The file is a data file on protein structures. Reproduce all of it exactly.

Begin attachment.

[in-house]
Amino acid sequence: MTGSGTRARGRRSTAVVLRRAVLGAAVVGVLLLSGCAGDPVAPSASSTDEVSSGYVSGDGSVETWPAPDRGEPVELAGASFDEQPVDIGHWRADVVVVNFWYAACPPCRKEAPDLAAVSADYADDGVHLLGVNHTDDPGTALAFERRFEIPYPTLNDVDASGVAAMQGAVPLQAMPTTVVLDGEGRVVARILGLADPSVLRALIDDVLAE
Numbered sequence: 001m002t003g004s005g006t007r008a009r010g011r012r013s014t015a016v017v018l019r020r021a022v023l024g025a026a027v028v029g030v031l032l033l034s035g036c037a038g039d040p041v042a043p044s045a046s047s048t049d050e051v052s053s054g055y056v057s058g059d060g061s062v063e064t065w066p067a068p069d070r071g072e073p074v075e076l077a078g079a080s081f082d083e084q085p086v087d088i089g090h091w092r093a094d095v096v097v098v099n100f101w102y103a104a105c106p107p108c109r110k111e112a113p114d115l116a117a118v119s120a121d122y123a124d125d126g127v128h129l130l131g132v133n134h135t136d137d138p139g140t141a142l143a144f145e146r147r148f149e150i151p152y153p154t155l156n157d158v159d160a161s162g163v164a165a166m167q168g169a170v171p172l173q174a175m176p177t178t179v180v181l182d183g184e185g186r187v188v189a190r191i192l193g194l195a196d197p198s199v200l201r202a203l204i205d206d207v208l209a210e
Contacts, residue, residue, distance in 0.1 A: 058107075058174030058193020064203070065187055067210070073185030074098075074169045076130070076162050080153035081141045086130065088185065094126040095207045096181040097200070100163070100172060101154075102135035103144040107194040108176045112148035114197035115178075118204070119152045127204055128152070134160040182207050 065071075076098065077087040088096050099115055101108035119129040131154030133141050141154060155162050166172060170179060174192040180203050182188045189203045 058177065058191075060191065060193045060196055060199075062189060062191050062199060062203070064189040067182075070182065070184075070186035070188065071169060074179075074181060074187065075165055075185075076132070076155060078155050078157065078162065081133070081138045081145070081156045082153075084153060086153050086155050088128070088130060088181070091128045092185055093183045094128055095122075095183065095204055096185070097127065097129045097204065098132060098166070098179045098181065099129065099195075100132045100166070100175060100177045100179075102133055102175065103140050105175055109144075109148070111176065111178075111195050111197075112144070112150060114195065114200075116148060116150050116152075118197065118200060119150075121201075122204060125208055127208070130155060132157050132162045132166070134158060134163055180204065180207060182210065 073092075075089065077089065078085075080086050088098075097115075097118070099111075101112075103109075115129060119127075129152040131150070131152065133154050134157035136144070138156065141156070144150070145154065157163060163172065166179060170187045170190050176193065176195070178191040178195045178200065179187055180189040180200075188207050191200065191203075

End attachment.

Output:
[in-house]
Amino acid sequence: MTGSGTRARGRRSTAVVLRRAVLGAAVVGVLLLSGCAGDPVAPSASSTDEVSSGYVSGDGSVETWPAPDRGEPVELAGASFDEQPVDIGHWRADVVVVNFWYAACPPCRKEAPDLAAVSADYADDGVHLLGVNHTDDPGTALAFERRFEIPYPTLNDVDASGVAAMQGAVPLQAMPTTVVLDGEGRVVARILGLADPSVLRALIDDVLAE
Numbered sequence: 001m002t003g004s005g006t007r008a009r010g011r012r013s014t015a016v017v018l019r020r021a022v023l024g025a026a027v028v029g030v031l032l033l034s035g036c037a038g039d040p041v042a043p044s045a046s047s048t049d050e051v052s053s054g055y056v057s058g059d060g061s062v063e064t065w066p067a068p069d070r071g072e073p074v075e076l077a078g079a080s081f082d083e084q085p086v087d088i089g090h091w092r093a094d095v096v097v098v099n100f101w102y103a104a105c106p107p108c109r110k111e112a113p114d115l116a117a118v119s120a121d122y123a124d125d126g127v128h129l130l131g132v133n134h135t136d137d138p139g140t141a142l143a144f145e146r147r148f149e150i151p152y153p154t155l156n157d158v159d160a161s162g163v164a165a166m167q168g169a170v171p172l173q174a175m176p177t178t179v180v181l182d183g184e185g186r187v188v189a190r191i192l193g194l195a196d197p198s199v200l201r202a203l204i205d206d207v208l209a210e
Contacts, residue, residue, distance in 0.1 A: 058107075058174030058193020064203070065187055067210070073185030074098075074169045076130070076162050080153035081141045086130065088185065094126040095207045096181040097200070100163070100172060101154075102135035103144040107194040108176045112148035114197035115178075118204070119152045127204055128152070134160040182207050 065071075076098065077087040088096050099115055101108035119129040131154030133141050141154060155162050166172060170179060174192040180203050182188045189203045 058177065058191075060191065060193045060196055060199075062189060062191050062199060062203070064189040067182075070182065070184075070186035070188065071169060074179075074181060074187065075165055075185075076132070076155060078155050078157065078162065081133070081138045081145070081156045082153075084153060086153050086155050088128070088130060088181070091128045092185055093183045094128055095122075095183065095204055096185070097127065097129045097204065098132060098166070098179045098181065099129065099195075100132045100166070100175060100177045100179075102133055102175065103140050105175055109144075109148070111176065111178075111195050111197075112144070112150060114195065114200075116148060116150050116152075118197065118200060119150075121201075122204060125208055127208070130155060132157050132162045132166070134158060134163055180204065180207060182210065 073092075075089065077089065078085075080086050088098075097115075097118070099111075101112075103109075115129060119127075129152040131150070131152065133154050134157035136144070138156065141156070144150070145154065157163060163172065166179060170187045170190050176193065176195070178191040178195045178200065179187055180189040180200075188207050191200065191203075